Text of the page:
|Register to reply||
Electrostatic charges in ionic compounds
|Share this thread:|
Feb4-13, 11:30 PM
From this link: http://www.chemguide.co.uk/atoms/str...nicstruct.html
it explains why NaCl has a 6:6 coordinated structure and not an 8:8 coordinated structure. However, i don't really understand their explanation "Now imagine what would happen if you replaced the caesium ion with the smaller sodium ion. Sodium ions are, of course, smaller than caesium ions because they have fewer layers of electrons around them.
You still have to keep the chloride ions in contact with the sodium. The effect of this would be that the whole arrangement would shrink, bringing the chloride ions into contact with each other - and that introduces repulsion.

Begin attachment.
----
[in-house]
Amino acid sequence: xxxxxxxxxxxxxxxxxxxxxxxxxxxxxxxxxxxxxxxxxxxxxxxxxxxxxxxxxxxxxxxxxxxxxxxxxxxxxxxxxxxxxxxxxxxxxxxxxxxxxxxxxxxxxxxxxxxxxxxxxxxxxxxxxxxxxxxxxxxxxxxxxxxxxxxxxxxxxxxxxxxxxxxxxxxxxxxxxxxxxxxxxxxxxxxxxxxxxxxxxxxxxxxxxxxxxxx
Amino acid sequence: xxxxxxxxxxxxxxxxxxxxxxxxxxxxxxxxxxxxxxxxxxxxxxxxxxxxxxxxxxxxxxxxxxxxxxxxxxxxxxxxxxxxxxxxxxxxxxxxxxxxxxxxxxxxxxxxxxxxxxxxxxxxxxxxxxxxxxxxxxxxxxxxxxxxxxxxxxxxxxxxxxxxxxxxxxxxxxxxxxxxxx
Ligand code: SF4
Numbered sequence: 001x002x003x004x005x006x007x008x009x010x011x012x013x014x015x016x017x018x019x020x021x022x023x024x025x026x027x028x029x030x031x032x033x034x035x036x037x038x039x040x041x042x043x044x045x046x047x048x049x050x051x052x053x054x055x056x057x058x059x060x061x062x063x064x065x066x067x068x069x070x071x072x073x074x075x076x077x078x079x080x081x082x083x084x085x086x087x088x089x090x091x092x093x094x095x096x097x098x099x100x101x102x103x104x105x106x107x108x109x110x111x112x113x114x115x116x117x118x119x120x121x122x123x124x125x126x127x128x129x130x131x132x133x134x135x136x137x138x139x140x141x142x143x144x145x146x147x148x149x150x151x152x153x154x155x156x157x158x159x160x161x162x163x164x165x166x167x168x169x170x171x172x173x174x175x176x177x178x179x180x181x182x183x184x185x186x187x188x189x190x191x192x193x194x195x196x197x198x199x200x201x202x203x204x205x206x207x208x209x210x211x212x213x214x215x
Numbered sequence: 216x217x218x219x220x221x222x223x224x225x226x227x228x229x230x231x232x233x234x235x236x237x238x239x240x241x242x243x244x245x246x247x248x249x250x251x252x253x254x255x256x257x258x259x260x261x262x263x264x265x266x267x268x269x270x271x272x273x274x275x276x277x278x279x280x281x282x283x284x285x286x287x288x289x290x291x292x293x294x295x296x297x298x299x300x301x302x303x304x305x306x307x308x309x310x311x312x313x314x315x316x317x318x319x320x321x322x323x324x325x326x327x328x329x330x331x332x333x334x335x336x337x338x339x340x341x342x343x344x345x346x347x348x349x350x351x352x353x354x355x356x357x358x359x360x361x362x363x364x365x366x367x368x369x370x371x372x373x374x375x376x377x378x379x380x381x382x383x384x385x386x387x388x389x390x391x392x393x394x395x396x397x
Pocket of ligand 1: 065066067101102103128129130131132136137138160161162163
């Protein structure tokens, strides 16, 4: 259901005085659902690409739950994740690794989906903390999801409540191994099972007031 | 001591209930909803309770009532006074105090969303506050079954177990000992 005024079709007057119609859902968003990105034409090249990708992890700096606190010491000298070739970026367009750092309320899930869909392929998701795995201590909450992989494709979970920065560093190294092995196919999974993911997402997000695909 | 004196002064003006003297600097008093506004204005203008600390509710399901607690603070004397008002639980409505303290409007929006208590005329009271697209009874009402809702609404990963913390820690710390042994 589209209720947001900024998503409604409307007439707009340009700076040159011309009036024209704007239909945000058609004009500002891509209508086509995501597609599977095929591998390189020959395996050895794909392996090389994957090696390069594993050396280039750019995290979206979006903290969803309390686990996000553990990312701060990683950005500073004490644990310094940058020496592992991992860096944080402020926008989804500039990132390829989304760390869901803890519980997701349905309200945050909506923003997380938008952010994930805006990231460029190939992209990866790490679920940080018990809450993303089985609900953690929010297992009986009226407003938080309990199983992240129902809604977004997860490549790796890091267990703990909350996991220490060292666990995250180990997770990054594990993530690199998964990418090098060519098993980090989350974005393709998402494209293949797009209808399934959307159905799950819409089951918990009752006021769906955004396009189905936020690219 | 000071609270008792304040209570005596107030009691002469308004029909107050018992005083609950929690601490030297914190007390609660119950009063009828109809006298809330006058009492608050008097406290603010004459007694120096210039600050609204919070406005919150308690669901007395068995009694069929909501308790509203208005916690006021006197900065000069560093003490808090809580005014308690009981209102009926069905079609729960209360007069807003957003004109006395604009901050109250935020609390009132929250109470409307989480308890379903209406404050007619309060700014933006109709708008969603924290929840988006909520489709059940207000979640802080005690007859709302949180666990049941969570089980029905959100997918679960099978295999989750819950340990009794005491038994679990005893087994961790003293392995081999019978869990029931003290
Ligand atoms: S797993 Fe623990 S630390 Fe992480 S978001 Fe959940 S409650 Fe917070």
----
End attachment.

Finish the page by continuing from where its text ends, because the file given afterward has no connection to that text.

However, I don't see how the added repulsion would cause it to align in the 6:6 coordination. Won't all the forces be cancelled out even in that structure (http://postimage.org/image/hushz6i5z/) drawing the forces in the object, i realized that the forces will cancel out so there is not net force on the whole object. So why can't NaCl form an 8:8 coordinated structure?
Thanks for the help :)
|Register to reply|
|Predicting solubility of ionic compounds in ionic liquids||Chemistry||2|
|Differentiate an ionic from a covalent compounds||Chemistry||6|
|Salts and ionic compounds||Chemistry||2|
|Net ionic compounds||Biology, Chemistry & Other Homework||2|